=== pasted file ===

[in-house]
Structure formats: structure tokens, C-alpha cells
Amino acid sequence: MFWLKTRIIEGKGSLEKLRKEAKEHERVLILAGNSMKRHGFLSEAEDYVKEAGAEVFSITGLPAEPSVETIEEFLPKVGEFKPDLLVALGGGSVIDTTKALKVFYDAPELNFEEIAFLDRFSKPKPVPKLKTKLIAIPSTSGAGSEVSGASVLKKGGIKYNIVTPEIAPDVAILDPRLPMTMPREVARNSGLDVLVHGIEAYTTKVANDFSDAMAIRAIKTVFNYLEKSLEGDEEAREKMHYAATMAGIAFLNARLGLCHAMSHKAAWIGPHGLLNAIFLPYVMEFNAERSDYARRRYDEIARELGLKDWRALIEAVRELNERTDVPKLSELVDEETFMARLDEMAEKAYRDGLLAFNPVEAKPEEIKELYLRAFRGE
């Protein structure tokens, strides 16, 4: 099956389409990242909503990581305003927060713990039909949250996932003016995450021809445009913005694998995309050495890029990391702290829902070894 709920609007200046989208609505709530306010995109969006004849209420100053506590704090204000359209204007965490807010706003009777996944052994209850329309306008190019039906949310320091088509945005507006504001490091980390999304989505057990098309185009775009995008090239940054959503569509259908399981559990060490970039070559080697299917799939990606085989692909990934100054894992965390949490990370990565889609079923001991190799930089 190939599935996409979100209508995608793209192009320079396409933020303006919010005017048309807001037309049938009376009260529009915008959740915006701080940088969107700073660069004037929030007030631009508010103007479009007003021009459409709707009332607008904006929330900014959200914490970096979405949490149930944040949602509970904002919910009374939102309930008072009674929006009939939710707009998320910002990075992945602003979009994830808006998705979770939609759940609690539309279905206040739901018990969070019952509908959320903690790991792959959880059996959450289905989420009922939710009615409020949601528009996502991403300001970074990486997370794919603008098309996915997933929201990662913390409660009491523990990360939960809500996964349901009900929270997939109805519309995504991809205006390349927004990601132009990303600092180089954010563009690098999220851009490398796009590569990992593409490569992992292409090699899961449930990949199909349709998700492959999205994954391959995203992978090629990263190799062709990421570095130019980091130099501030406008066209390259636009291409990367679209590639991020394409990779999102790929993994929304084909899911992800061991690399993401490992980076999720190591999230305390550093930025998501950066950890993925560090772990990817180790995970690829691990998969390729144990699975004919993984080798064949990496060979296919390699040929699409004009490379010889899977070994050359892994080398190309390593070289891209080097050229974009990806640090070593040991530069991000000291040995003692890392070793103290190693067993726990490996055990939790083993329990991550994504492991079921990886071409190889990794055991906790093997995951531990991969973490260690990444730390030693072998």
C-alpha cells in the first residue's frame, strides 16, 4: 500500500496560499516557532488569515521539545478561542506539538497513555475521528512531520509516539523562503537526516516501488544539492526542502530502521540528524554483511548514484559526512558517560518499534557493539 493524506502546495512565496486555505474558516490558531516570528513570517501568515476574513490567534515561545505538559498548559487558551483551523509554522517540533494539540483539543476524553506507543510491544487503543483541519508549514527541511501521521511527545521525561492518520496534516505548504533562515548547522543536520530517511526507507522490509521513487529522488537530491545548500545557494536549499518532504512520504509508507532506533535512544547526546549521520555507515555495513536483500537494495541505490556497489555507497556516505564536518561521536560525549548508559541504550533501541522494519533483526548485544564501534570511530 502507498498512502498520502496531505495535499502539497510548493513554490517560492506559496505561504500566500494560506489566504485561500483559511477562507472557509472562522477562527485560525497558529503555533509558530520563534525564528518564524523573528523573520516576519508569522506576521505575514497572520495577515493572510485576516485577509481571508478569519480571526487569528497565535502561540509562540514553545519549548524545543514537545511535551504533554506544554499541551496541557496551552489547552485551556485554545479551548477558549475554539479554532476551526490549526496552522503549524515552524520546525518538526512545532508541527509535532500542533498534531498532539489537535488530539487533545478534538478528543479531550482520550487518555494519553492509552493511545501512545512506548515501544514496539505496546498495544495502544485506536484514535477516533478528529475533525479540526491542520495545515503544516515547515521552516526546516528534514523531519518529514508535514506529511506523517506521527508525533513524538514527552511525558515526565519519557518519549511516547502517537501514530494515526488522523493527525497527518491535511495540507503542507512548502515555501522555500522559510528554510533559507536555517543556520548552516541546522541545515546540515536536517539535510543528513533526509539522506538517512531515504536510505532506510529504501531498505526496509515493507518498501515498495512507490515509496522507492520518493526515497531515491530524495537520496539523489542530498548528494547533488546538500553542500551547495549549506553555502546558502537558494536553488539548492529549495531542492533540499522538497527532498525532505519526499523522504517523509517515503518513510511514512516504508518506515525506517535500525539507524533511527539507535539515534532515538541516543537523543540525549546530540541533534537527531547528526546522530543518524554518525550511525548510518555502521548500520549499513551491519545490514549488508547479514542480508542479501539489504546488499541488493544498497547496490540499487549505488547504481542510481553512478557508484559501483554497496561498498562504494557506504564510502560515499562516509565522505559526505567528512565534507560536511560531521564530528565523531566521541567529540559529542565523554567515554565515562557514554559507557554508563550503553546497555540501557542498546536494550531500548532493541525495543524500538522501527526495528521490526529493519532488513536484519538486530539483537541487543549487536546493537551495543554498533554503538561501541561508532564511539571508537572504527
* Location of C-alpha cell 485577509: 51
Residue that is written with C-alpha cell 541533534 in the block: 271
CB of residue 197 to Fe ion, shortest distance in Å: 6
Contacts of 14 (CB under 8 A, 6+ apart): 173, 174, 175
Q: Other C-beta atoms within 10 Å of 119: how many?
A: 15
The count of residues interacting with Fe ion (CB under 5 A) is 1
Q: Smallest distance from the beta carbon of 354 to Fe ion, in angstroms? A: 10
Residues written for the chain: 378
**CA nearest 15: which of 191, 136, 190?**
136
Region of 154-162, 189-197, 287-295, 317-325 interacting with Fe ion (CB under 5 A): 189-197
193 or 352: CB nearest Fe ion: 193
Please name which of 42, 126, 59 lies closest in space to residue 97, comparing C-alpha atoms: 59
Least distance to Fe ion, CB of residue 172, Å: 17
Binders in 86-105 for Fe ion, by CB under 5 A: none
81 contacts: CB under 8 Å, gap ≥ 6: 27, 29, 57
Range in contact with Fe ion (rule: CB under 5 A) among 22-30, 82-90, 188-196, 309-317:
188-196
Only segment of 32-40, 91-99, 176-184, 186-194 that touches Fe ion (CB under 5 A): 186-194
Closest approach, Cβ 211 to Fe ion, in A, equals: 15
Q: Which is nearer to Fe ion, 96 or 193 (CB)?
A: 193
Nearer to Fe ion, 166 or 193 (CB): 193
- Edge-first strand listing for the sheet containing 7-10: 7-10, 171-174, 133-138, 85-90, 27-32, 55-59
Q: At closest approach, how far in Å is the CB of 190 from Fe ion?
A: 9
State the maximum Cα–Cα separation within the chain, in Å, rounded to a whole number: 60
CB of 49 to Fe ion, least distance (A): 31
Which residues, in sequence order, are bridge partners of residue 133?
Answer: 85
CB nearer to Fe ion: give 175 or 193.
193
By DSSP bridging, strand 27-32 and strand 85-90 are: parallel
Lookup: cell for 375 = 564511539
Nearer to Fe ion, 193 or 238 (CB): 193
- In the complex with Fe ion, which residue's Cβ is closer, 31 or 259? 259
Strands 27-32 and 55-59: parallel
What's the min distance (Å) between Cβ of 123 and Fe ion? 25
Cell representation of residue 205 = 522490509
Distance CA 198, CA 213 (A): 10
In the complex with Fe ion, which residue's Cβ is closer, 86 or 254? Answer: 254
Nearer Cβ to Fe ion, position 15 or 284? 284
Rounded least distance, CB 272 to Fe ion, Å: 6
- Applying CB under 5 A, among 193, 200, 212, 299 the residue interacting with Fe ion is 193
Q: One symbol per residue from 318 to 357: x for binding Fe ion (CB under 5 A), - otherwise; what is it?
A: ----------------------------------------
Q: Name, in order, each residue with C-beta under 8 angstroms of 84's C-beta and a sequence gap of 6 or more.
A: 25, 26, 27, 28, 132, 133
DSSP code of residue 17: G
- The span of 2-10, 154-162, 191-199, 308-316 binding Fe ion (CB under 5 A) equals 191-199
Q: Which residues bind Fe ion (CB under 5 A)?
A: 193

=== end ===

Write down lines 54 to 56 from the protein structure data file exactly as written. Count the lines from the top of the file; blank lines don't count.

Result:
A: 25, 26, 27, 28, 132, 133
DSSP code of residue 17: G
- The span of 2-10, 154-162, 191-199, 308-316 binding Fe ion (CB under 5 A) equals 191-199